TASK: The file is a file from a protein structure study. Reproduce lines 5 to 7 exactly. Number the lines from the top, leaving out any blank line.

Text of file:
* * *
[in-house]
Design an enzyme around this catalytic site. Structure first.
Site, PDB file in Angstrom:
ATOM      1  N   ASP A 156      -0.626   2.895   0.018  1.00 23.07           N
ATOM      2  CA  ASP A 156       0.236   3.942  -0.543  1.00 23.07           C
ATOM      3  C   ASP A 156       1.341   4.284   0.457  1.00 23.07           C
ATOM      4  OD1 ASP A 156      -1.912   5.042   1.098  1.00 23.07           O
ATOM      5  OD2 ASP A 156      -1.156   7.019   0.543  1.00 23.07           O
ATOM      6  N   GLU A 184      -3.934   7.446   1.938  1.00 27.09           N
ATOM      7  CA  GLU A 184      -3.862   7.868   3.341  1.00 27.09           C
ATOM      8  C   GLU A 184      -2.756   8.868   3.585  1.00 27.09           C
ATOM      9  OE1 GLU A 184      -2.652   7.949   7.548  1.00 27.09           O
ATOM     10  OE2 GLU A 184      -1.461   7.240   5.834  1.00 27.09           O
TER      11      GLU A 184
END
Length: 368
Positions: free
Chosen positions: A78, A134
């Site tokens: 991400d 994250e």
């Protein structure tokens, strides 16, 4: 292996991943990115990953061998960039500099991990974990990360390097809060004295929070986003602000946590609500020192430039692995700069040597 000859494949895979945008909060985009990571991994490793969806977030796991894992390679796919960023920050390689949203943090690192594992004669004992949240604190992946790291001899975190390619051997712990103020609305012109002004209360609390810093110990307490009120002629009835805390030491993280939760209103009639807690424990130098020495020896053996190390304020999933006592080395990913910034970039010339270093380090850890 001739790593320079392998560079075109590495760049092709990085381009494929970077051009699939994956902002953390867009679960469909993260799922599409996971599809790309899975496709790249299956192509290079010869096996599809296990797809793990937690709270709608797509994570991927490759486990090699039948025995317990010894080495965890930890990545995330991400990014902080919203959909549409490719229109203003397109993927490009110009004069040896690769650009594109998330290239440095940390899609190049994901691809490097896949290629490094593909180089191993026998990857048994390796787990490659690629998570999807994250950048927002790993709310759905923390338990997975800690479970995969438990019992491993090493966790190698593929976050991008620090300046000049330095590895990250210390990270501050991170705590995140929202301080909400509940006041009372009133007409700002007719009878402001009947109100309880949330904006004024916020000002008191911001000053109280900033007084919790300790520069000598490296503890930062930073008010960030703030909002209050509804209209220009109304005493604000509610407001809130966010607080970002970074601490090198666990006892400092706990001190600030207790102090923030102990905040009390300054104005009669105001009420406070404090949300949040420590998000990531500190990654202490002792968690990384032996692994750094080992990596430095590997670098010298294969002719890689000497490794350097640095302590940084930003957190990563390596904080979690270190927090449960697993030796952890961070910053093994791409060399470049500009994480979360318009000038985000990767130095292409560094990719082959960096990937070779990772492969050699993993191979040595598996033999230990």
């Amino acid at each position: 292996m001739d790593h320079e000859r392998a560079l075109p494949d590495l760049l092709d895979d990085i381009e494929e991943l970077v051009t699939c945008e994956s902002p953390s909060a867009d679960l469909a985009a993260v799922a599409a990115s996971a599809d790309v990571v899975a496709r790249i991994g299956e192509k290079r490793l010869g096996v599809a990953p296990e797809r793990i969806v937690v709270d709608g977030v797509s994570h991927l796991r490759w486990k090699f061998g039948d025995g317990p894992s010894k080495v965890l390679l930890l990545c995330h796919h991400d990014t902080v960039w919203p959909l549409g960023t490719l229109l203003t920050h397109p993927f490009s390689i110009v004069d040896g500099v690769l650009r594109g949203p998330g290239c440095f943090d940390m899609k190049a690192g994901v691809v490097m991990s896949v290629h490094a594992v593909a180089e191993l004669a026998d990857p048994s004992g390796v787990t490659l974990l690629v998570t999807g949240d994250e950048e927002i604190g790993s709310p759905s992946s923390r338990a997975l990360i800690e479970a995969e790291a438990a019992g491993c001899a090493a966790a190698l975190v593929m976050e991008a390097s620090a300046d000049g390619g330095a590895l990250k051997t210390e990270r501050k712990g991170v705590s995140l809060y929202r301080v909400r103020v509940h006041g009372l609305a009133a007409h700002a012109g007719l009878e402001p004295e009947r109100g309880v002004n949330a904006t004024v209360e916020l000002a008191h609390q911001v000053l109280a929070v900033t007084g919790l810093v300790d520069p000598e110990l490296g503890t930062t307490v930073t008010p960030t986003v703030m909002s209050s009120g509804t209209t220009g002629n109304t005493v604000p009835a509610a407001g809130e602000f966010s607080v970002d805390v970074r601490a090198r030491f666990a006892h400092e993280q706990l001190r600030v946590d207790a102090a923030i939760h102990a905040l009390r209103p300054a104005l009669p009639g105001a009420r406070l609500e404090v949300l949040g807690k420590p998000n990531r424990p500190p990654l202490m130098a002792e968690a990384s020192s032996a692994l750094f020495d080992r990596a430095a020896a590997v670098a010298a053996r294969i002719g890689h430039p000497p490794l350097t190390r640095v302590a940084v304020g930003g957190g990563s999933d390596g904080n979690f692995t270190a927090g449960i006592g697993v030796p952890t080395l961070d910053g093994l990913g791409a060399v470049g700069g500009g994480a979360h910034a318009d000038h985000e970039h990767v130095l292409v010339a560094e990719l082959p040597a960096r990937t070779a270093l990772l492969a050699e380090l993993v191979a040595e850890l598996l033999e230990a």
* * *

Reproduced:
ATOM      2  CA  ASP A 156       0.236   3.942  -0.543  1.00 23.07           C
ATOM      3  C   ASP A 156       1.341   4.284   0.457  1.00 23.07           C
ATOM      4  OD1 ASP A 156      -1.912   5.042   1.098  1.00 23.07           O